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Market thumbs down for Apollo Tyres US buy

Apollo's shares fell 25 per cent on Thursday. Analysts say that the risk of acquiring Cooper Tire outweighs Apollo's current strengths.

twitter-logoManu Kaushik | June 13, 2013 | Updated 21:57 IST

Manu Kaushik
Manu Kaushik
It is the sixth biggest overseas buyout by an Indian company. Yet the acquisition of US-based Cooper Tire and Rubber Co by Apollo Tyres was given the thumbs down by analysts a day after Apollo Tyres announced the deal. The Apollo stock price closed at Rs 68.6 apiece on the Bombay Stock Exchange on June 13, 25.43 per cent lower than the previous day. In the morning, the stock opened in red and slipped further as the day progressed.

With the entire $2.5 billion (Rs 14,533 crore) buyout funded through debt, analysts are particularly concerned with Gurgaon-based Apollo's ability to pay back the debt. A part of the debt - $2.1 billion - will be taken by Cooper Tire and Apollo's European operations (Vredestein). The remaining $450 million will be raised by Apollo's Mauritius subsidiary and will be serviced by Indian operations.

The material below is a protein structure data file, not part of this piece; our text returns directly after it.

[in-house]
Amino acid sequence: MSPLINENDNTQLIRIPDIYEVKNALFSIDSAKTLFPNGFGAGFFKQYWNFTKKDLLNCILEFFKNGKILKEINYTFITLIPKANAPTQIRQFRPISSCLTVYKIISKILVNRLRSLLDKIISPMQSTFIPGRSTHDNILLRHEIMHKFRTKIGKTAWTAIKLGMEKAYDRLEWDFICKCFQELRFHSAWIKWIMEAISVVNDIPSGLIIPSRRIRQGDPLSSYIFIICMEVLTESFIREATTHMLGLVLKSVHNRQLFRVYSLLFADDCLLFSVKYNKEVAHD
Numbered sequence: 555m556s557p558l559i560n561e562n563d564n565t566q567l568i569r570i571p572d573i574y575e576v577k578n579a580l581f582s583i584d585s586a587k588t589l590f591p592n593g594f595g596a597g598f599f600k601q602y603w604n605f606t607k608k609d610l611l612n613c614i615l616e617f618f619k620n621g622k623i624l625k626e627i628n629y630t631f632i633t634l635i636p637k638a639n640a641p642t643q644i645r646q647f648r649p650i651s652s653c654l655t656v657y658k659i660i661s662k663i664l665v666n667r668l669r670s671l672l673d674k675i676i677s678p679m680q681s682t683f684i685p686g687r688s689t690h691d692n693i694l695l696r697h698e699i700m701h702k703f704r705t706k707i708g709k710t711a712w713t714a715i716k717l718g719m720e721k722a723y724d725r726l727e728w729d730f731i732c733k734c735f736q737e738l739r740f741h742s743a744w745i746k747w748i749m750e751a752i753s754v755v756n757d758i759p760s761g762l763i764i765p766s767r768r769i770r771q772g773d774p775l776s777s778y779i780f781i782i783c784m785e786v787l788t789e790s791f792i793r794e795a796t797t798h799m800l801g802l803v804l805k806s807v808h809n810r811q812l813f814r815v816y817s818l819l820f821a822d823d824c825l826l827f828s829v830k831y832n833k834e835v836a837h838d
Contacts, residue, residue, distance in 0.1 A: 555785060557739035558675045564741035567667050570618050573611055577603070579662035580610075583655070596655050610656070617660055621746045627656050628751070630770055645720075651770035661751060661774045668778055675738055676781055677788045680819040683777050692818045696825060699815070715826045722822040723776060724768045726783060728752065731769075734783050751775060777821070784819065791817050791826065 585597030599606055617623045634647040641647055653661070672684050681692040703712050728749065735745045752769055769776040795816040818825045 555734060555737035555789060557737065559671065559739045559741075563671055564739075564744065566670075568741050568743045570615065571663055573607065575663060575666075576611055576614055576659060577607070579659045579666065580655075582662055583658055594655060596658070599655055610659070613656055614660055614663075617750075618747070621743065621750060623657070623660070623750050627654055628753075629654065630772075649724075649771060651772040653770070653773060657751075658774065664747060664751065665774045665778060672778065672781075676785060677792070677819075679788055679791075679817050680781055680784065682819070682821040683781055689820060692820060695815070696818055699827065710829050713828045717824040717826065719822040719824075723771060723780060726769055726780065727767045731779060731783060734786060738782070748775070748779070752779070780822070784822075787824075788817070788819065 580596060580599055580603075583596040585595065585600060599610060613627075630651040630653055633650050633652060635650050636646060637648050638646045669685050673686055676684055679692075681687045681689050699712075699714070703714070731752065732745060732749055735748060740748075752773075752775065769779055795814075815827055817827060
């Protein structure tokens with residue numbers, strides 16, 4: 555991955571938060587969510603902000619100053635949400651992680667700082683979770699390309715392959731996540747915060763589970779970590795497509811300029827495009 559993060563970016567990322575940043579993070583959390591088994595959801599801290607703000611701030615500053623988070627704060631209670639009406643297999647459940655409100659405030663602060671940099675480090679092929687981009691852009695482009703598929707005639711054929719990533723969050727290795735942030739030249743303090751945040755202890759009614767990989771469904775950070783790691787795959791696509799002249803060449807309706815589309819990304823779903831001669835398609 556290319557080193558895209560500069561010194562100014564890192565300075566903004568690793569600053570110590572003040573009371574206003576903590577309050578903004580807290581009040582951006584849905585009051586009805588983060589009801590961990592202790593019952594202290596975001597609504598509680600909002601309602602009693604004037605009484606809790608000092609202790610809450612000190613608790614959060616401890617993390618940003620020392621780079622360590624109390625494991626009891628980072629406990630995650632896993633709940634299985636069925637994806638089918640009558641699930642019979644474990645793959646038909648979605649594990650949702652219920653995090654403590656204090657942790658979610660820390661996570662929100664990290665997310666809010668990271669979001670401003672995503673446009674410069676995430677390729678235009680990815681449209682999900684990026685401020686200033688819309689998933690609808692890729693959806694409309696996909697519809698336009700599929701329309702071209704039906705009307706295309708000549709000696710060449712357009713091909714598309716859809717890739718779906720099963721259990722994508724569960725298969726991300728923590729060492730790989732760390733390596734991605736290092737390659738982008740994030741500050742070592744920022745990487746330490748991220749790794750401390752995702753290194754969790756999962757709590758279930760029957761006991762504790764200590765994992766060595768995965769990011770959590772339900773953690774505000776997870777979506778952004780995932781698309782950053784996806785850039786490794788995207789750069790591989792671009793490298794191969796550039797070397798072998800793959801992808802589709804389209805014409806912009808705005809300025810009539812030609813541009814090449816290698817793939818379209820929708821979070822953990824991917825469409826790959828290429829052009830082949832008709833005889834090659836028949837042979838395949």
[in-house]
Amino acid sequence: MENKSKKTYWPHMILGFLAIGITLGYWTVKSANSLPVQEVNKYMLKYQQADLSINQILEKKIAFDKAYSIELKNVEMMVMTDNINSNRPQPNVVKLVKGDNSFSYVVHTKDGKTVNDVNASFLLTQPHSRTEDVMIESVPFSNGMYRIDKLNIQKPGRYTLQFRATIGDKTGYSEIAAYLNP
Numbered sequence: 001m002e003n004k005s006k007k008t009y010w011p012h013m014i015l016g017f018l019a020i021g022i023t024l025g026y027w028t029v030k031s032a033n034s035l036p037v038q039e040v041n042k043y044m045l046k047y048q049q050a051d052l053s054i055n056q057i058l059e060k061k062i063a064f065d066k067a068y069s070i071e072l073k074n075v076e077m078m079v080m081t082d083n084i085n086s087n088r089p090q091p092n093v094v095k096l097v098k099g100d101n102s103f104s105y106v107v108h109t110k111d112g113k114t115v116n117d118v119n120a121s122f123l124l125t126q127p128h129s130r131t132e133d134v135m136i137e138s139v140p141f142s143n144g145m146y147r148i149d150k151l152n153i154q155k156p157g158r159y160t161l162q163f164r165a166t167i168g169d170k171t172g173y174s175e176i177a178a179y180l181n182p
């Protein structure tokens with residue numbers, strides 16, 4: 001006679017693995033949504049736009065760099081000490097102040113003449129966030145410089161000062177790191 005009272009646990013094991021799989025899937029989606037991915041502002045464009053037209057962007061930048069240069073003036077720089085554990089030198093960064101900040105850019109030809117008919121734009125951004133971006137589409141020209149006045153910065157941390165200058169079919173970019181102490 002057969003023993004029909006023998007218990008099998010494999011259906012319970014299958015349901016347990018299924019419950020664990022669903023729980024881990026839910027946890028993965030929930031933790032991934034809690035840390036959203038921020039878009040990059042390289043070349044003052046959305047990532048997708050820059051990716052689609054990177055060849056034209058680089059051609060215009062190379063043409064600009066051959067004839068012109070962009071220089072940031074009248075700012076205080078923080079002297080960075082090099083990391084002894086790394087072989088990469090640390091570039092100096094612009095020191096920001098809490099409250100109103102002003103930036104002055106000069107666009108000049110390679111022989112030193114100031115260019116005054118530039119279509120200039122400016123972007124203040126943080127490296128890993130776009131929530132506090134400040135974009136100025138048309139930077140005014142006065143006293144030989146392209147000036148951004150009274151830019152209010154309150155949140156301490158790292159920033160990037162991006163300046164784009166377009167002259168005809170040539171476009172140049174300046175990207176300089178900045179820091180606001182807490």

India's largest tyre manufacturer in terms of total income, Apollo has registered decent growth in profits and revenues over the past two years - 20 per cent CAGR growth in revenues and 18 per cent in profit after tax. The company's current debt (long and short-term borrowings) stands at Rs 2,282 crore as on March 2013.

Analysts say that the risk of acquiring such a huge entity outweighs Apollo's current strengths. Cooper's 2012 sales, $4,200.80 million (Rs 24420 crore), is roughly twice Apollo's 2012/13 revenues (Rs 12,795 crore).

Cooper's 100 per cent acquisition will make Apollo the seventh largest tyre maker in the world and give it access to newer markets.

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